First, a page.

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We are creating a new website using Sitecore, and it seems that we have several options for mobile optimization:

  • Responsive design (like on any CMS)
  • Mobile device/presentation layer with device detection
  • Conditional rendering for mobile (personalization rules)

The site is primarily content-driven ("brochureware"), but there are pieces of the site that are highly interactive and may merit a mobile-specific approach. We'd obviously like to avoid the costs of maintaining essentially a separate mobile site.

How should I decide which of these (or which combination) to use for my site? It seems like a responsive approach will be lowest cost long-term. Can I use this with device detection as well? Should I use a device layer or conditional rendering on pages with a mobile-specific UX?

  • Can everyone who voted to close please offer some commentary? I think this is an important architectural/design question worthy of a best-practice answer. – techphoria414 Oct 6 '16 at 16:06
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    Made some edits, please let me know if this can be reopened. – techphoria414 Oct 6 '16 at 16:30
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TL/DR; It Depends :)

This was an exercise that we used to undertake at the start of every project, and it came down to Context and Content.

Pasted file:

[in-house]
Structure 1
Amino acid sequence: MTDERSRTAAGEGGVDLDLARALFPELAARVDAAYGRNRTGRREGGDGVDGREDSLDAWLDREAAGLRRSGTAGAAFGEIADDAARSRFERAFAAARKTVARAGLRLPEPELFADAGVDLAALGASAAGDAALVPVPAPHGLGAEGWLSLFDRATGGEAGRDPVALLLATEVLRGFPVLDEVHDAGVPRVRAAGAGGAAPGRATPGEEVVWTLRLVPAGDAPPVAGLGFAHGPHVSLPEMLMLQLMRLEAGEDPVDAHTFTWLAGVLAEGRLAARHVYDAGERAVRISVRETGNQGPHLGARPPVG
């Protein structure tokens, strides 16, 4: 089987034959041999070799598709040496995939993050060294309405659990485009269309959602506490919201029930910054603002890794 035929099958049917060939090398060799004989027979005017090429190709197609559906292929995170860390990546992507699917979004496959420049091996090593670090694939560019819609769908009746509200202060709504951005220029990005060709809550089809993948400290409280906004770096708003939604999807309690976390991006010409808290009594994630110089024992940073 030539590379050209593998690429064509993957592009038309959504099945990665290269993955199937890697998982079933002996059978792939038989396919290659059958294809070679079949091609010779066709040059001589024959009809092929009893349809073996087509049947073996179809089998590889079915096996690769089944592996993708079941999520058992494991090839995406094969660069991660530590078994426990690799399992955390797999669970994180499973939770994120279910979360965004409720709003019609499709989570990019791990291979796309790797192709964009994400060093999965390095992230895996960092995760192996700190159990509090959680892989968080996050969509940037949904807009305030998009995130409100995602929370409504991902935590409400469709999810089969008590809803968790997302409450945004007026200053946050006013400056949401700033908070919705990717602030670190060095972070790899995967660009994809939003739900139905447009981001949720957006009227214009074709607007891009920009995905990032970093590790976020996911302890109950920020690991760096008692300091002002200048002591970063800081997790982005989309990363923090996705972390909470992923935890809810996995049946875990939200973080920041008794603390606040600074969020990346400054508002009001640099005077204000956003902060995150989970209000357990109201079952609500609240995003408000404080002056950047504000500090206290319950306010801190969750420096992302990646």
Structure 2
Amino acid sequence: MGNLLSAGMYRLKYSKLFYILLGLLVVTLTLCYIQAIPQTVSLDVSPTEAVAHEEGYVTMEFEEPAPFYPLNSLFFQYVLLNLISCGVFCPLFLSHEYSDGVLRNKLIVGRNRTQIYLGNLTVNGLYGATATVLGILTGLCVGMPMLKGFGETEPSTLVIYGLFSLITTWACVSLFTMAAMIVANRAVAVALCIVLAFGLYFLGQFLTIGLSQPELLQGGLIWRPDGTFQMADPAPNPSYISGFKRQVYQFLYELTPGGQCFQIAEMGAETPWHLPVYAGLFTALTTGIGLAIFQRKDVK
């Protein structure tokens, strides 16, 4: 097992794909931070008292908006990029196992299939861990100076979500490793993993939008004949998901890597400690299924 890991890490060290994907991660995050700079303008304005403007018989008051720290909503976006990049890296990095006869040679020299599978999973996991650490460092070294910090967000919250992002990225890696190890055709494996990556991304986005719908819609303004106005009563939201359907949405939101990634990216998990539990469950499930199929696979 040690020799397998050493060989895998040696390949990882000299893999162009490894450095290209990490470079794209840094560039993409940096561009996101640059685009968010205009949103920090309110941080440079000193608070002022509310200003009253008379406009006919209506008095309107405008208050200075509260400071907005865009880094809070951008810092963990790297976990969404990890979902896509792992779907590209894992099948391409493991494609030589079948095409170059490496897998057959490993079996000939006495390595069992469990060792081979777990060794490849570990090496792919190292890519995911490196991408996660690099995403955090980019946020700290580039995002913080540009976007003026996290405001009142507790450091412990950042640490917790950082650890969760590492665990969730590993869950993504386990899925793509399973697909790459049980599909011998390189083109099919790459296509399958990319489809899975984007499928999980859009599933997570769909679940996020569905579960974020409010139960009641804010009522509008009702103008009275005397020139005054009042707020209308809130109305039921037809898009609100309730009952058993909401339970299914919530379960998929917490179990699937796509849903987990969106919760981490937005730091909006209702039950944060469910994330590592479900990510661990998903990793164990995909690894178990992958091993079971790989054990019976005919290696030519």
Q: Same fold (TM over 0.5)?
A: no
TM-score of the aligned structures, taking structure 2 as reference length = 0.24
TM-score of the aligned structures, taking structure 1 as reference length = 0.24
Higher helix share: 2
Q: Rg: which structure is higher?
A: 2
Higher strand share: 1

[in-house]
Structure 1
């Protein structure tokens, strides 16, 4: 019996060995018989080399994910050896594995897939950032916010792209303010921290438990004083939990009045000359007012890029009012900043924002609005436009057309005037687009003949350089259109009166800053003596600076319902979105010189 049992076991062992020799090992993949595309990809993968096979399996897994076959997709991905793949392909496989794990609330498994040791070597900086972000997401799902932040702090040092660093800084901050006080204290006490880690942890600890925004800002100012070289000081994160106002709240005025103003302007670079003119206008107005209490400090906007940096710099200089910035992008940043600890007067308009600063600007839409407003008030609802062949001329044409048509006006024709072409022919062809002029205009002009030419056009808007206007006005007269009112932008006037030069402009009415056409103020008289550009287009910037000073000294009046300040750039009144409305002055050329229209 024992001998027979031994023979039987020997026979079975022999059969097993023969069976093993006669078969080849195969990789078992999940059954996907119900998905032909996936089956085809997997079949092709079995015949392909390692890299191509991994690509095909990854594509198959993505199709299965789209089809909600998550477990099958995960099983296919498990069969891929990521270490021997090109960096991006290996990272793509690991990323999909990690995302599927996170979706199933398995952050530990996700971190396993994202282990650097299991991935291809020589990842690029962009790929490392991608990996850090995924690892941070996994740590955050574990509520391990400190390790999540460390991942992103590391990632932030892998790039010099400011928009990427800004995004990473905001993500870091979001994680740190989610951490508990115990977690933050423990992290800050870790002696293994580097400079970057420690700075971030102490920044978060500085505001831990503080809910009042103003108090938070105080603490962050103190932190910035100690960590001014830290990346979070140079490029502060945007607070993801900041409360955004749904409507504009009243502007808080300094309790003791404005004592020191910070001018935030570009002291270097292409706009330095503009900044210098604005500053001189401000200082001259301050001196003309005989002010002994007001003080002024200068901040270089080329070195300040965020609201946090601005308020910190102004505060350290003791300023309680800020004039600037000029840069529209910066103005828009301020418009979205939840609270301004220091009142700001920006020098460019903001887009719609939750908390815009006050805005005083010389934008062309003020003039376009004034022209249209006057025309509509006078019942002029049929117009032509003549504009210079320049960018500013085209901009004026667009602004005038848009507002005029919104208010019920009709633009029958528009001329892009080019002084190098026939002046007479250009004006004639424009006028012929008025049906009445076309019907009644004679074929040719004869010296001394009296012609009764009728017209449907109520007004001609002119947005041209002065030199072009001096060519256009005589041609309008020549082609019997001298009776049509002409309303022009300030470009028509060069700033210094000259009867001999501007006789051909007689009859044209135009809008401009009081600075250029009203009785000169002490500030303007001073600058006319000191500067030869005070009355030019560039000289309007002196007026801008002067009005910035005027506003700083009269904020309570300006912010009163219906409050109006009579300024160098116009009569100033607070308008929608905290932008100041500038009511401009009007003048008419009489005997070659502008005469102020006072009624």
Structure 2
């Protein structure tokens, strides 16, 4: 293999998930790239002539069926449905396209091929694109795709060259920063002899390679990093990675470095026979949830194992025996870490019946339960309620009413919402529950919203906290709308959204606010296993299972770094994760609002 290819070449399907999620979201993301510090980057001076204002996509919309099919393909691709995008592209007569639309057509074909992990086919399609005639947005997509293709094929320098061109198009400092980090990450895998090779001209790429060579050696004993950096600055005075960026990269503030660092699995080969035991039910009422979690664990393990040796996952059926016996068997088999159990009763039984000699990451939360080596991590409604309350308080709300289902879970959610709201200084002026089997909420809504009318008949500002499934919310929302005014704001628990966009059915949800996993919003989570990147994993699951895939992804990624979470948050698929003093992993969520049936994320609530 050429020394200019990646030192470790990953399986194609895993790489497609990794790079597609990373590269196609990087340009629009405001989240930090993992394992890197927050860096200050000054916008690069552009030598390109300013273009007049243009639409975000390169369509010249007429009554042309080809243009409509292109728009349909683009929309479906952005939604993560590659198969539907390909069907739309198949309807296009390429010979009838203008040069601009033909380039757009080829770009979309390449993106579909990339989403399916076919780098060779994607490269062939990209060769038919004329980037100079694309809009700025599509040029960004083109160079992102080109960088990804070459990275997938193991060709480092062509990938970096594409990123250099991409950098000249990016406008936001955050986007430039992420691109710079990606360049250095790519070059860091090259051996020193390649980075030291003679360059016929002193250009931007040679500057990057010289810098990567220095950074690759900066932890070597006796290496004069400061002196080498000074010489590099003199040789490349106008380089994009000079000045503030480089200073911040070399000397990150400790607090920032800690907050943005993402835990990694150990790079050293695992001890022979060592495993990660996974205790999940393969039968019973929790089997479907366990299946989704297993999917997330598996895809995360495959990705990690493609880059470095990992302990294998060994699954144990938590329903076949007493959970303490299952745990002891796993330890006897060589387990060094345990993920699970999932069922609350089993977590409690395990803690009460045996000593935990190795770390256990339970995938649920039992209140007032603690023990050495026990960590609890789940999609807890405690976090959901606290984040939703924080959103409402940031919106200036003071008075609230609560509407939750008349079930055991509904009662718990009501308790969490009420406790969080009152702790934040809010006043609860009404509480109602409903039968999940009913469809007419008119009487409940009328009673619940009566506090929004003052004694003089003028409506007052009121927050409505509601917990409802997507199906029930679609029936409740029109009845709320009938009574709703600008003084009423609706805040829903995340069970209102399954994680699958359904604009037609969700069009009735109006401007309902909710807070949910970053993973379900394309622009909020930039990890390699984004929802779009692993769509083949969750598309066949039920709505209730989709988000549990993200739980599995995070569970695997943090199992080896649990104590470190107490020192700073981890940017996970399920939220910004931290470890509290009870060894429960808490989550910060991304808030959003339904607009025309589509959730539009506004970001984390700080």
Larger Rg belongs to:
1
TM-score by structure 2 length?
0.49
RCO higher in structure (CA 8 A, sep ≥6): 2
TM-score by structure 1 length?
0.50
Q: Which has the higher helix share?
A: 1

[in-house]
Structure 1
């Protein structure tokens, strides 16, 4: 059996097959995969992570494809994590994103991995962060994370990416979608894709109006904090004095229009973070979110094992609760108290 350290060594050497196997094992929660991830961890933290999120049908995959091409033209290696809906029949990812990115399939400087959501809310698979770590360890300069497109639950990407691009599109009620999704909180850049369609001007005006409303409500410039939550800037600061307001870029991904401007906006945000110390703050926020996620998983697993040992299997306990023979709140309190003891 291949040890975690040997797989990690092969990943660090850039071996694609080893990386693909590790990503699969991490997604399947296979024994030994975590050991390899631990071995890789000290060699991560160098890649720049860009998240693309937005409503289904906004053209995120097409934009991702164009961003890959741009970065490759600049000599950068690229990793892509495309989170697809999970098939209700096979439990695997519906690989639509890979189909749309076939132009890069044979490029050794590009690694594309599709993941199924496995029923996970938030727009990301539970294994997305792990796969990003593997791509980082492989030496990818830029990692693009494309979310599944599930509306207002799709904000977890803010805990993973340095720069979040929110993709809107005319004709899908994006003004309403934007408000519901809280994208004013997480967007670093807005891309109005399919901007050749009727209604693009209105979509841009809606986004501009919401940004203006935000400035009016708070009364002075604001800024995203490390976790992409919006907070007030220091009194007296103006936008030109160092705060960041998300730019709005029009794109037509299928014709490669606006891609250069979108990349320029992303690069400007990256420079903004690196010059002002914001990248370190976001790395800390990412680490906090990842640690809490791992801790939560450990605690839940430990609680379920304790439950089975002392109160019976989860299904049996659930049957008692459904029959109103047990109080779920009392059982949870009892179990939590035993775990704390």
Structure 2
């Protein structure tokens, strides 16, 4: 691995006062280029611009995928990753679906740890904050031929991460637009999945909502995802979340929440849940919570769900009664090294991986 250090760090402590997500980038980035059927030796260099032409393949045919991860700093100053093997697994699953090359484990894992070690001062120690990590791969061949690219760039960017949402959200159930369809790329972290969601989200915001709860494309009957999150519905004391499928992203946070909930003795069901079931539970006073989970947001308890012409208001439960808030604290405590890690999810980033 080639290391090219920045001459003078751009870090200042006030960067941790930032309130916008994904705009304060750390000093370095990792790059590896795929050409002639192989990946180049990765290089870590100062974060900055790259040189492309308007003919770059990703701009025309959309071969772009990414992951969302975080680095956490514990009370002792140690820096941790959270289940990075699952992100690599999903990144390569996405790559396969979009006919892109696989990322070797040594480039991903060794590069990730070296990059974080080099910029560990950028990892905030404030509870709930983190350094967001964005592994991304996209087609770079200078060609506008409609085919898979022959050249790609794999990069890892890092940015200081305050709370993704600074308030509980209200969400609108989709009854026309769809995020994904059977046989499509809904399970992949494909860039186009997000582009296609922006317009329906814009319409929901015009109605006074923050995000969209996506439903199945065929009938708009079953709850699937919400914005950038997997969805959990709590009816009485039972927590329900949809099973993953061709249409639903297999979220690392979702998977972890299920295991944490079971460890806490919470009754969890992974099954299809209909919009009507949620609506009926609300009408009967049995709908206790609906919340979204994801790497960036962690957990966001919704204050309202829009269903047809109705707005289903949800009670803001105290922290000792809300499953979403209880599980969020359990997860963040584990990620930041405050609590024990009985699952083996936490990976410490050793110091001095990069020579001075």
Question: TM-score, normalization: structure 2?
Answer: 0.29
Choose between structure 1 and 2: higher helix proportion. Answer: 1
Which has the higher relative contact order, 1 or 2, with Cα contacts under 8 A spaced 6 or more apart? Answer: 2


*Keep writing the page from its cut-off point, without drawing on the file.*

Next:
• Is what we're building essentially an application or a website? Most projects didn't gravitate to one extreme of those poles, but certainly lended themselves to be more aligned with one or the other. Are visitors coming to perform a specific action? Are they coming to consume content, or just get in and get out?
  • What interactions are our visitors having with the site? Are they watching videos, filling out forms, creating lists and customized content? The more interactive the site was, the more consideration needed to be paid to specific interfaces for our visitors' devices.
  • Then, we'd consider context: Are people visiting on a mobile platform more likely to perform an interaction than those on PC devices? If I'm a banking site, people on mobile may proportionally care more about finding a branch or ATM near them than another user.